China Seminar | 9 October 2003

Does Collecting Have a History?

Shana J. Brown Shana J. Brown

In the popular imagination, the collection of art objects is often viewed as an essentially private, leisure activity. However, recent historical studies have shown that private collection has had important cultural and social effects, leading to new forms of scientific knowledge, patterns of social engagement, and even varieties of personal identity. This is especially true for China, where the tradition of private collection has a long and distinguished history. In the nineteenth and early twentieth-centuries, Chinese collecting of art and other objects contributed to significant new forms of visual representation, scholarly research, and economic development. Collecting does have a history, and in China this history is particularly rich and important.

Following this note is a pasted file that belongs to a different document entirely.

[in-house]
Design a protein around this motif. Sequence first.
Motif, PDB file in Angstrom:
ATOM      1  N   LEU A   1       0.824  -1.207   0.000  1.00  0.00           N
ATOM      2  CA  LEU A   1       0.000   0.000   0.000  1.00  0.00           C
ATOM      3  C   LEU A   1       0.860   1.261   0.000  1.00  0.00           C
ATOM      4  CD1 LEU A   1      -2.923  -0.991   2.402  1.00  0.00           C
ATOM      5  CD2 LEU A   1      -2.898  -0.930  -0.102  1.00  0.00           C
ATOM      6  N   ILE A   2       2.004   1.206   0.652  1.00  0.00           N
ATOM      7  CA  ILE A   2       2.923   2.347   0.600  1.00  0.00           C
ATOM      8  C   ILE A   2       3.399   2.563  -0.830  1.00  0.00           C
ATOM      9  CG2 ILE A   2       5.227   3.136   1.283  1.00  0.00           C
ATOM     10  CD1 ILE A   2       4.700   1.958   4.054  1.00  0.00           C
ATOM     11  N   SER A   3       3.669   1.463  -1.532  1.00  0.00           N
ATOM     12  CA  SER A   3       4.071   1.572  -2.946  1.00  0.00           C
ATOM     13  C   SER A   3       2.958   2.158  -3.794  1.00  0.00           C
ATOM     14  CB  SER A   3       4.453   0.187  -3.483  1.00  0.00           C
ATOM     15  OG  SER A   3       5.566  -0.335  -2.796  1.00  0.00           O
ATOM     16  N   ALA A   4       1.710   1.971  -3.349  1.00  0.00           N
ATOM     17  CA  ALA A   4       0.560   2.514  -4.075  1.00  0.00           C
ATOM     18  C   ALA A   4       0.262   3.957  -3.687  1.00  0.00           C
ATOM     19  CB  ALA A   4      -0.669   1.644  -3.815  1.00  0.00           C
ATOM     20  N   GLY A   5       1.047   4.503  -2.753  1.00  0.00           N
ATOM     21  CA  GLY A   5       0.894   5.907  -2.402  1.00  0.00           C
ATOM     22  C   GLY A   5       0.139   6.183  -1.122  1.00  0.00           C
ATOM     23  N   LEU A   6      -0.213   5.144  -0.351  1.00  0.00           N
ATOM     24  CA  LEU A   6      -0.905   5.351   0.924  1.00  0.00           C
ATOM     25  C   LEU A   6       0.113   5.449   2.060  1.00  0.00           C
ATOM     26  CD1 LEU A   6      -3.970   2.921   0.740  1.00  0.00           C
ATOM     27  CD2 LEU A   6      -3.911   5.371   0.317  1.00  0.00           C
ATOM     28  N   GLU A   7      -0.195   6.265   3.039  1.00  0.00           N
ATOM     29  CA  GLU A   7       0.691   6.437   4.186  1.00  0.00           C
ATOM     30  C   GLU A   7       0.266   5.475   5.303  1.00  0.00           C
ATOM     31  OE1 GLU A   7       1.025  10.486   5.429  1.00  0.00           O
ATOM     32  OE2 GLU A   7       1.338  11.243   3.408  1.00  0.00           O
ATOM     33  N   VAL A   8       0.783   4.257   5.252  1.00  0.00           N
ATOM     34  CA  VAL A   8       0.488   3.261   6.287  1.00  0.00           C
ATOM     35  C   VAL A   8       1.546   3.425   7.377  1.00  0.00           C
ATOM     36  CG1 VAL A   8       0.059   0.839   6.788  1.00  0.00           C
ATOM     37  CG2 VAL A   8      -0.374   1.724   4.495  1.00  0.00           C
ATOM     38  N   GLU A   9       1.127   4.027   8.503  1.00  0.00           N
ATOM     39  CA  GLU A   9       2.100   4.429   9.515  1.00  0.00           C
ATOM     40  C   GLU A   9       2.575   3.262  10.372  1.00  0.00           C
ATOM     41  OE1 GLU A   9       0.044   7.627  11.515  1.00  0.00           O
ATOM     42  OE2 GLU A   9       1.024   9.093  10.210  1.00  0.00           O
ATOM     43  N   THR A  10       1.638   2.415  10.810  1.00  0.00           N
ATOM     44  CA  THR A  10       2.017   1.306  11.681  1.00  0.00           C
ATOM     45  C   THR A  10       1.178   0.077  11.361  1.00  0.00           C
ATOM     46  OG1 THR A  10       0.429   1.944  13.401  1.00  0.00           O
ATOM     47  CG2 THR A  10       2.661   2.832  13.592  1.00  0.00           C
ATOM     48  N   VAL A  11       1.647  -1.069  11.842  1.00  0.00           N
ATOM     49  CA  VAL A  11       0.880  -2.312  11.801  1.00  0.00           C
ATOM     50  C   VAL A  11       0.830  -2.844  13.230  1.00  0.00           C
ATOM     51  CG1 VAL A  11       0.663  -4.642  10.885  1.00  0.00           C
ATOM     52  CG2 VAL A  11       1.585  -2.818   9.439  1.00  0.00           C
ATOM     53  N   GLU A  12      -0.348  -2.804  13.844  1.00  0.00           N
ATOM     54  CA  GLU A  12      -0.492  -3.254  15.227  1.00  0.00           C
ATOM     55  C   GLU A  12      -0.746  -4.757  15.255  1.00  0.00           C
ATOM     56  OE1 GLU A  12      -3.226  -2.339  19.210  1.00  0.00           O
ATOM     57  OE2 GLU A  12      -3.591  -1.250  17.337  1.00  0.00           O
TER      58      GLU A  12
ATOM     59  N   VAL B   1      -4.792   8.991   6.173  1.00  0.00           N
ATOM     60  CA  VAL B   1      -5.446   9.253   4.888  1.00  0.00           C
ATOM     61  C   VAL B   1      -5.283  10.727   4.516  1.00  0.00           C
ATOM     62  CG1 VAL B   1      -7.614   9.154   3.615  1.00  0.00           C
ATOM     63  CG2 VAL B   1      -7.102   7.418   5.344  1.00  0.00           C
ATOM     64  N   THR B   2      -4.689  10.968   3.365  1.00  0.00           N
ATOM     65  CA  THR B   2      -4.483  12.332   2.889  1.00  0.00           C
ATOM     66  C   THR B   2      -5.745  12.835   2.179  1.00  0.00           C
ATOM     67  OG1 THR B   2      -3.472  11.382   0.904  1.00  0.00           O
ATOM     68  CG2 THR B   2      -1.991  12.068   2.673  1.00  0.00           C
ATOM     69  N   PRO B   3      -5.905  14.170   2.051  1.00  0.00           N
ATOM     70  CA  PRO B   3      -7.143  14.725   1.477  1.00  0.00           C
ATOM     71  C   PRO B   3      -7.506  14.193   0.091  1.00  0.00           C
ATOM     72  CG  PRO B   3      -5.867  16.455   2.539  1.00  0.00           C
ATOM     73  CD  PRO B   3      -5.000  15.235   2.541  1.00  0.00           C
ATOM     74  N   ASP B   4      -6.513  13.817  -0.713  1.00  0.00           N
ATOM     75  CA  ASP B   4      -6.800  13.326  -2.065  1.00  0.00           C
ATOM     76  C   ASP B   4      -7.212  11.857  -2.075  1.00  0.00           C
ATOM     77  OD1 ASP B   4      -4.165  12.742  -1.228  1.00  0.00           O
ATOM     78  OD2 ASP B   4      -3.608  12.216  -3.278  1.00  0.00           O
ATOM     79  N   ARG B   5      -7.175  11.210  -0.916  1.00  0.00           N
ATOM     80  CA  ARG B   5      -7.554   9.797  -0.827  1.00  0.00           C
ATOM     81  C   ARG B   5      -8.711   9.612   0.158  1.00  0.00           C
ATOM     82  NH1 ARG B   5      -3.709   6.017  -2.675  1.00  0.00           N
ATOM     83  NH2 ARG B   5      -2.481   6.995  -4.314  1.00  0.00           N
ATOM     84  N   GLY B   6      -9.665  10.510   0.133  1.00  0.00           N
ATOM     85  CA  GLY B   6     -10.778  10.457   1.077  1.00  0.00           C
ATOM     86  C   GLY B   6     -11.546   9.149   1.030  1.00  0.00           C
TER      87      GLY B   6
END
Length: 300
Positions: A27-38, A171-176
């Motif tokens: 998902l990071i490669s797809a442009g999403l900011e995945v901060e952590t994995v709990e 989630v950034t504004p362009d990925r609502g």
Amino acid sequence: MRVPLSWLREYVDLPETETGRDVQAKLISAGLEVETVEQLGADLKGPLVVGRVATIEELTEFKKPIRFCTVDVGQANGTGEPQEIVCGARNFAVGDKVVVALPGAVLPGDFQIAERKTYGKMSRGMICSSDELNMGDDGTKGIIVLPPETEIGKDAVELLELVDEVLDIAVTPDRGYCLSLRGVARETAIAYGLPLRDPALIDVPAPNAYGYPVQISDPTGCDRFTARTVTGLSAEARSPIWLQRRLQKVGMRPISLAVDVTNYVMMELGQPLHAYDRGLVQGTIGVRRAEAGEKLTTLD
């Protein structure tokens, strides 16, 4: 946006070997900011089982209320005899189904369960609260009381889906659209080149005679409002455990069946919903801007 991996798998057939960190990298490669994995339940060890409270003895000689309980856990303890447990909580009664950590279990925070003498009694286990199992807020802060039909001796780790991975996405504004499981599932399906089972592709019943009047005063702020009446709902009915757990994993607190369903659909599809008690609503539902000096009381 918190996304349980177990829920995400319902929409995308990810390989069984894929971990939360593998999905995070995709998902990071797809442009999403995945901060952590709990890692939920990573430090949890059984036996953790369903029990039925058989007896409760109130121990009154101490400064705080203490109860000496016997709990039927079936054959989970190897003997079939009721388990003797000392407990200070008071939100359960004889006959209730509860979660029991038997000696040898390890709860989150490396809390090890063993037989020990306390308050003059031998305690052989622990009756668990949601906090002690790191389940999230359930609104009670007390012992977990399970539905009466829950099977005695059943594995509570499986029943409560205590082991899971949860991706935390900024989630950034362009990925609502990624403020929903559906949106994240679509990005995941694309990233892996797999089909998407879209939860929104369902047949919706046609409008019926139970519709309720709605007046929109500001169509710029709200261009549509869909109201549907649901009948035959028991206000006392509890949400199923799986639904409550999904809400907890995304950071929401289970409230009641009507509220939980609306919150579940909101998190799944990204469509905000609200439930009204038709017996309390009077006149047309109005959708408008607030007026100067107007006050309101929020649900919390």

Dr. Shana Brown is Assistant Professor of Modern Chinese History at the University of Hawai’i at Manoa. She has received a Fulbright-Hays Fellowship and is a past fellow at the Max Planck Institute for the History of Science in Berlin. Her most recent publication, “Object(ive) Measurement in Late-Qing Antiquarian Practice,” explores the use of historical measurements by Chinese collectors of ancient artifacts. She has worked, traveled, and studied in Greater China for four years, including extended stays in Beijing, Xi’an, and Taipei, where she worked as a staff translator for the Department of Antiquities at the National Palace Museum.